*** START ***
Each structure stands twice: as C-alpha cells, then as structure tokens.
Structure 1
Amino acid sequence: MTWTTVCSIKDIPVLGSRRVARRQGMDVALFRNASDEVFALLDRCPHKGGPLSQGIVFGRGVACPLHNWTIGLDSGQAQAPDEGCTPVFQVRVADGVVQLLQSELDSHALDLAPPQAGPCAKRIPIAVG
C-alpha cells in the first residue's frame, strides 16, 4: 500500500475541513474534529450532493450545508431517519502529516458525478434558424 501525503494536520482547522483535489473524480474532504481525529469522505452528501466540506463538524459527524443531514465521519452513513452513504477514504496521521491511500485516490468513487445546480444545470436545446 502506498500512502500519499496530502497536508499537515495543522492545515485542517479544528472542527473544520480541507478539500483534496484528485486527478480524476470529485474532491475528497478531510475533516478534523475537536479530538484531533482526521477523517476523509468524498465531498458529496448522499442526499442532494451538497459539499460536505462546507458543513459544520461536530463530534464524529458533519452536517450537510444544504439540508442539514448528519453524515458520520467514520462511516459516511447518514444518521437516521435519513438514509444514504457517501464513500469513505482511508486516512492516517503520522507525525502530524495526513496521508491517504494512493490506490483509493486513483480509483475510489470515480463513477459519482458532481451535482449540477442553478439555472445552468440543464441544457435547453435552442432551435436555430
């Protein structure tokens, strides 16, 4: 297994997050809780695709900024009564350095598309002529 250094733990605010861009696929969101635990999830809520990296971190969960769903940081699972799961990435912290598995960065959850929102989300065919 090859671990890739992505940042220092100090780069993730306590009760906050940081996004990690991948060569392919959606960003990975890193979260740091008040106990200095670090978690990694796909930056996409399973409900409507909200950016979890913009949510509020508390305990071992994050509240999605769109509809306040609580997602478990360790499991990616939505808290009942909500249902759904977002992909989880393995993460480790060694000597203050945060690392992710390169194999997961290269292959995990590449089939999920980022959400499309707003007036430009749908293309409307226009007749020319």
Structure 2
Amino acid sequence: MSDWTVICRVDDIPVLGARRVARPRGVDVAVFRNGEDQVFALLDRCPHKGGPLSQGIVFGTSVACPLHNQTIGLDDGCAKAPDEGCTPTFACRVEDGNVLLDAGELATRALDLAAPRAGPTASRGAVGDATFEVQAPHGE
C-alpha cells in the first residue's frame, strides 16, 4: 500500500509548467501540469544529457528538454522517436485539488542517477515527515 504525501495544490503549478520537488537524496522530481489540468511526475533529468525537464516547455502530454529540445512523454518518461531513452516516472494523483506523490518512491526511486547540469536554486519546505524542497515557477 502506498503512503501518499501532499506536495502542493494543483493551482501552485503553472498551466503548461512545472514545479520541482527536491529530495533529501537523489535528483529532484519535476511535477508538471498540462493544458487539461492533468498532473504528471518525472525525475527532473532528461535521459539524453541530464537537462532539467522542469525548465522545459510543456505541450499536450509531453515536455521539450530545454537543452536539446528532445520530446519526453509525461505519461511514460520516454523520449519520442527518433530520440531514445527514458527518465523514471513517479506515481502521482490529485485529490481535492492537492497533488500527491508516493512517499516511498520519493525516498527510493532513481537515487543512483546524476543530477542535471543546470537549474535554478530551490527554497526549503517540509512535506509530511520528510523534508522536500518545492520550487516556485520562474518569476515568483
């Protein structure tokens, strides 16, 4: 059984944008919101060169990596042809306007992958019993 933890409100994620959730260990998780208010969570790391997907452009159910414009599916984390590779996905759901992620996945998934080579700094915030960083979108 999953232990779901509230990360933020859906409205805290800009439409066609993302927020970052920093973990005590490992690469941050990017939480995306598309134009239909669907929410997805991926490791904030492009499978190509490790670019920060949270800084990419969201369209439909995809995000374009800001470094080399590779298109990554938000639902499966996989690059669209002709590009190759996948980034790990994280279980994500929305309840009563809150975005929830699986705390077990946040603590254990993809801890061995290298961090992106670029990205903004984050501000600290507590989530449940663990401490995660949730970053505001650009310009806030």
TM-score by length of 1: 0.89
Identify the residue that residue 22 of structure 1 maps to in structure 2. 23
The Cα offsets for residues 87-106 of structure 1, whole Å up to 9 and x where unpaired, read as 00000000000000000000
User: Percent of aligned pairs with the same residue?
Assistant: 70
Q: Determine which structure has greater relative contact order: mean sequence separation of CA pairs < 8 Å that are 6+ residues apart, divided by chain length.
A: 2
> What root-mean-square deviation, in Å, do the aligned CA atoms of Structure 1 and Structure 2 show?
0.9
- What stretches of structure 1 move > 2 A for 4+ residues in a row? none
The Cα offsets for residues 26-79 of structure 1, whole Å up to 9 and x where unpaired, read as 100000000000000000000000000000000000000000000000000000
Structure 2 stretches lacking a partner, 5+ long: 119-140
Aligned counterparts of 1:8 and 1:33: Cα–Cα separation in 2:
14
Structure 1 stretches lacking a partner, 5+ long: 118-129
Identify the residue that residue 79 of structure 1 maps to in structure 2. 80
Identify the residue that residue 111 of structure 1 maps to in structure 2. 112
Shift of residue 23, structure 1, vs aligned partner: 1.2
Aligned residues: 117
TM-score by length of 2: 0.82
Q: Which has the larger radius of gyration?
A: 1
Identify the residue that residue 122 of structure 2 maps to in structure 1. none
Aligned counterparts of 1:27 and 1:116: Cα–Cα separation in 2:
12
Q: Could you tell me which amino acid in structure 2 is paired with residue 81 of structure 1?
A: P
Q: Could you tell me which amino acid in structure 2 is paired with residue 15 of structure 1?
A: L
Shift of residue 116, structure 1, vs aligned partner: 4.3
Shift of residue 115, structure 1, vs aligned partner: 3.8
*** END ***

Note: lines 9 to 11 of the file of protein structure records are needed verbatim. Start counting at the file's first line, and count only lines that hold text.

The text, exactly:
């Protein structure tokens, strides 16, 4: 059984944008919101060169990596042809306007992958019993 933890409100994620959730260990998780208010969570790391997907452009159910414009599916984390590779996905759901992620996945998934080579700094915030960083979108 999953232990779901509230990360933020859906409205805290800009439409066609993302927020970052920093973990005590490992690469941050990017939480995306598309134009239909669907929410997805991926490791904030492009499978190509490790670019920060949270800084990419969201369209439909995809995000374009800001470094080399590779298109990554938000639902499966996989690059669209002709590009190759996948980034790990994280279980994500929305309840009563809150975005929830699986705390077990946040603590254990993809801890061995290298961090992106670029990205903004984050501000600290507590989530449940663990401490995660949730970053505001650009310009806030």
TM-score by length of 1: 0.89
Identify the residue that residue 22 of structure 1 maps to in structure 2. 23